Outlook: Ladbroke

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RATHER AGAINST the odds, Ladbroke's Peter George, has ridden a winner with the sale of the Coral betting shop chain to the German-owned Morgan Grenfell Private Equity. When he was blocked from keeping the business after having paid Bass such a full price, his card looked well and truly marked. Not only did the Trade Secretary Peter Mandelson order a complete divestment, he gave Ladbroke only six months to conclude a deal and stipulated that Coral could not be sold off piecemeal.

From this inauspicious starting point, Mr George has succeeded in selling the business for a 10 per cent premium. The extra pounds 33m he has raised more than covers the interest costs Ladbroke has borne during the 12 months that it has been stabling the business. On top of that Ladbroke has pocketed pounds 40m of profit from Coral during its 12 months of ownership..

The question is what does Mr George do with the cash. As the UK's leading bookmaker, further expansion here has already been ruled out nor does Ladbroke appear interested in entering the US betting market. That leaves the other main leg of the business, hotels. In Europe, there are not many opportunities on the horizon. In the US there are more possibilities. The difficulty is that Ladbroke already has a relationship with Hilton in the US through its ownership of the brand outside the US. Going into direct competition with Hilton in its own backyard may not be a sensible move when the theory is to bring the two halves of the Hilton empire closer together.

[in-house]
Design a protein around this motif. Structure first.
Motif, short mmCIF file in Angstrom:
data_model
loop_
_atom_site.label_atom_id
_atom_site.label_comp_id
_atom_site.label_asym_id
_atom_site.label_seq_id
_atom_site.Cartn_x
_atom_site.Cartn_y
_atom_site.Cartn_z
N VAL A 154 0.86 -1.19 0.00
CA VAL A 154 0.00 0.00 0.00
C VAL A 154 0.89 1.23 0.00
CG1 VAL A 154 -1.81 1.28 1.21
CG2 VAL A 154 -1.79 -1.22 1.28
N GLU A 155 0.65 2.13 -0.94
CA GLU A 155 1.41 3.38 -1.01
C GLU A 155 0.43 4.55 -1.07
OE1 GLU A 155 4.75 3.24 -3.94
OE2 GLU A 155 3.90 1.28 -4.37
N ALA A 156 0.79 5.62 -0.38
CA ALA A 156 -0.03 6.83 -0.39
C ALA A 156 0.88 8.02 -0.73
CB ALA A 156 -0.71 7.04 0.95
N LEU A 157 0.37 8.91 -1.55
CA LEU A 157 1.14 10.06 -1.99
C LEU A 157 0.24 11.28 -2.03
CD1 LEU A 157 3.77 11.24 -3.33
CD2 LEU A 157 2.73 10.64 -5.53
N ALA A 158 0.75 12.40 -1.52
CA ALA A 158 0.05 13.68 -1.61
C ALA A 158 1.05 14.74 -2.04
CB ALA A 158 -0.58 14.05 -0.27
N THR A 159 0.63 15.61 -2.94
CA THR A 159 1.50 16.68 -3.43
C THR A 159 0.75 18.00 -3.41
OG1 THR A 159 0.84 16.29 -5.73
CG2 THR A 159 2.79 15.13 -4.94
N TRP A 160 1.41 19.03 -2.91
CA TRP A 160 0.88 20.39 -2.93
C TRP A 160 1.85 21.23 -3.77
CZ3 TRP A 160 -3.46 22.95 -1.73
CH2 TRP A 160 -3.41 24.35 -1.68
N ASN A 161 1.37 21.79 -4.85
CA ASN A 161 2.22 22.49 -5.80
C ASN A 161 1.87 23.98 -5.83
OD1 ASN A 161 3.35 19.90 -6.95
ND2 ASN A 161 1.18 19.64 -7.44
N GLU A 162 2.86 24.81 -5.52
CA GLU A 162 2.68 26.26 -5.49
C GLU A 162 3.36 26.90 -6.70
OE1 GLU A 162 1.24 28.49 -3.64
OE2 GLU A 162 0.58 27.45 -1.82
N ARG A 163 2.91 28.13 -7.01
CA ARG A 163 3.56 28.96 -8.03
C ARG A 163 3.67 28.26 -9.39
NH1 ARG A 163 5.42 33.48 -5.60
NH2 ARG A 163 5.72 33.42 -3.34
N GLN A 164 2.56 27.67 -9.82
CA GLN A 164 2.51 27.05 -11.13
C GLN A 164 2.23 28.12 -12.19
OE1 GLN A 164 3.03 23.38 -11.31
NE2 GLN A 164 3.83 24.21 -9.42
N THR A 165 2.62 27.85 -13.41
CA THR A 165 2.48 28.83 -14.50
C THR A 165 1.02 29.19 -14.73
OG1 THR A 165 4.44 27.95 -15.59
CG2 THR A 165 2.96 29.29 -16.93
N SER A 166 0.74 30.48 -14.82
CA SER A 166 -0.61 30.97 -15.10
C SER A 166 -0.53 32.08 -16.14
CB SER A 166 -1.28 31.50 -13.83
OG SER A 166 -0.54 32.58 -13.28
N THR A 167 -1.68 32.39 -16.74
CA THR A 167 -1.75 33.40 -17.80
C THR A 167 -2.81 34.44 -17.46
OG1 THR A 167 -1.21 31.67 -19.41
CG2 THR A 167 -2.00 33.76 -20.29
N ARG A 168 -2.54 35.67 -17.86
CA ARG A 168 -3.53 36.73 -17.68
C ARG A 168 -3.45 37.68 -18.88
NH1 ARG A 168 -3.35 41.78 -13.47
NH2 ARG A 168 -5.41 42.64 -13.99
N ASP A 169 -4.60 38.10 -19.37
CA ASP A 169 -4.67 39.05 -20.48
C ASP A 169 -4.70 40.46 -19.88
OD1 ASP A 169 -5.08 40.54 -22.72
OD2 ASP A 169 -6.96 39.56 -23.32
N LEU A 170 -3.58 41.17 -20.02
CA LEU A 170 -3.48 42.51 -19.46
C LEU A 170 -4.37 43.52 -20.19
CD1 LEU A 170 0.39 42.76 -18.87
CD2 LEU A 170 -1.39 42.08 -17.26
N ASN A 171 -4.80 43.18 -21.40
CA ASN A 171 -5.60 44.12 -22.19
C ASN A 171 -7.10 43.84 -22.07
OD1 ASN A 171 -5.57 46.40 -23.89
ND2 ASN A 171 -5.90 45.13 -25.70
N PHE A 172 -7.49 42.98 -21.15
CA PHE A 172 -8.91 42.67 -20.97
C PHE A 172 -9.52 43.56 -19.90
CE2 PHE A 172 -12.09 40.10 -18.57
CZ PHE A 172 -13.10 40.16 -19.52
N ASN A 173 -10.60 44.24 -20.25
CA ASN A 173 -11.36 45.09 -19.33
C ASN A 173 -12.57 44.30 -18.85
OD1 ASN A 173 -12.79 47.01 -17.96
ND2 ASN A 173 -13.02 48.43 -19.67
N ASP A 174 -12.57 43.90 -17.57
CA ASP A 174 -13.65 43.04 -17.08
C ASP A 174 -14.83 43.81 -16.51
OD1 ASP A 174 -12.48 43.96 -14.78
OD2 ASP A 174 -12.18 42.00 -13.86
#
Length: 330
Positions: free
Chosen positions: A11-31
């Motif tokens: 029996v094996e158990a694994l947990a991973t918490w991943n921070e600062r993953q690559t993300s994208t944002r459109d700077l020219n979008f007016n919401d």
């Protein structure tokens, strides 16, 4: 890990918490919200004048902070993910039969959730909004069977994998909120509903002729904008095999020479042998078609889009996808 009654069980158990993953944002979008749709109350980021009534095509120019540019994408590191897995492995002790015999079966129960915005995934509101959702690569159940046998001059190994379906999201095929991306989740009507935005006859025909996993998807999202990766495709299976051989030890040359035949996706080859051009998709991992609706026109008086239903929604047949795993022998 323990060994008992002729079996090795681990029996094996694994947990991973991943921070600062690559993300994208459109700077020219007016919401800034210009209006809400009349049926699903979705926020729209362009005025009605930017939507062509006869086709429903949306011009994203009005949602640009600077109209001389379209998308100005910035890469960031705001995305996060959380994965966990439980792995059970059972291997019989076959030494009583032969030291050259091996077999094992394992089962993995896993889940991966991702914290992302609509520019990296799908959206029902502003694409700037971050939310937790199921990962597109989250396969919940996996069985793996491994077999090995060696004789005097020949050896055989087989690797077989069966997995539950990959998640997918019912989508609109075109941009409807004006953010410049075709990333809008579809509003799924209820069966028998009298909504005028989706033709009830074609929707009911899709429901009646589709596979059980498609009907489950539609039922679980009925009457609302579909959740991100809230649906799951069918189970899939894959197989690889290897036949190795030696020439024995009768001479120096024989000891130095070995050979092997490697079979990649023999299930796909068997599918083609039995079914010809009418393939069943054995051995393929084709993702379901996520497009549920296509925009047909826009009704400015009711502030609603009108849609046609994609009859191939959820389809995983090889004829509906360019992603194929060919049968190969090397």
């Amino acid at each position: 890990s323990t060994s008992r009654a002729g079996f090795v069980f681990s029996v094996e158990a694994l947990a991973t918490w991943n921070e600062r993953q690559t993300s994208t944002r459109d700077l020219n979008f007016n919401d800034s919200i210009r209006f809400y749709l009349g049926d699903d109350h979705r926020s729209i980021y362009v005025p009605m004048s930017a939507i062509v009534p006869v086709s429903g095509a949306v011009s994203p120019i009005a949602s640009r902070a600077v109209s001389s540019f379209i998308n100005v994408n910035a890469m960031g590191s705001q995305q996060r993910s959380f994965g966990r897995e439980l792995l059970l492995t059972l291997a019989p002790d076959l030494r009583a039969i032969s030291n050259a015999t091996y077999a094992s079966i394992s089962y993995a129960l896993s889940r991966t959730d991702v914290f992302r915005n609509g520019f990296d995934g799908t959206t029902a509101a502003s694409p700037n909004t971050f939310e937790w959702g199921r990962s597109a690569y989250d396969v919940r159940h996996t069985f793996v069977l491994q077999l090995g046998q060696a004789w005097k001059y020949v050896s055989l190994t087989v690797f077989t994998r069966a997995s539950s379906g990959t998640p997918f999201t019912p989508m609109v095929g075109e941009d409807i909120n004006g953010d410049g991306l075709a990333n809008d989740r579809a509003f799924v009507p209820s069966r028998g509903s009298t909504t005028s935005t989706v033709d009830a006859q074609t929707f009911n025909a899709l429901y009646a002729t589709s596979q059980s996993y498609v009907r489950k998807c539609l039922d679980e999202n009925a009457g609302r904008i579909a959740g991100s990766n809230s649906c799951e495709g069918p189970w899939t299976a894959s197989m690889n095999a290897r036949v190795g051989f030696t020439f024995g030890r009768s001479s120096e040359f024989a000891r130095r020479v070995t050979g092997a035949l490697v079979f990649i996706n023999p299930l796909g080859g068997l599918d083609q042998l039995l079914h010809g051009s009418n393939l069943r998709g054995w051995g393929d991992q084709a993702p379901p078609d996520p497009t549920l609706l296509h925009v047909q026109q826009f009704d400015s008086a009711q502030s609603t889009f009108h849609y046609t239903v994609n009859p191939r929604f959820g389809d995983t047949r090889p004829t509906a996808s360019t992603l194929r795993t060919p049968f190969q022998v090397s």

Mr George could do the radical thing and hand the cash back to shareholders. Companies are often loathe to do that since it smacks of the management having run out of ideas. But Mr George might take a tip from Nomura which owns the William Hill chain. Just as one foreign owned bank is entering the betting market, Normura is cashing in its chips by floating William Hill and recycling the cash.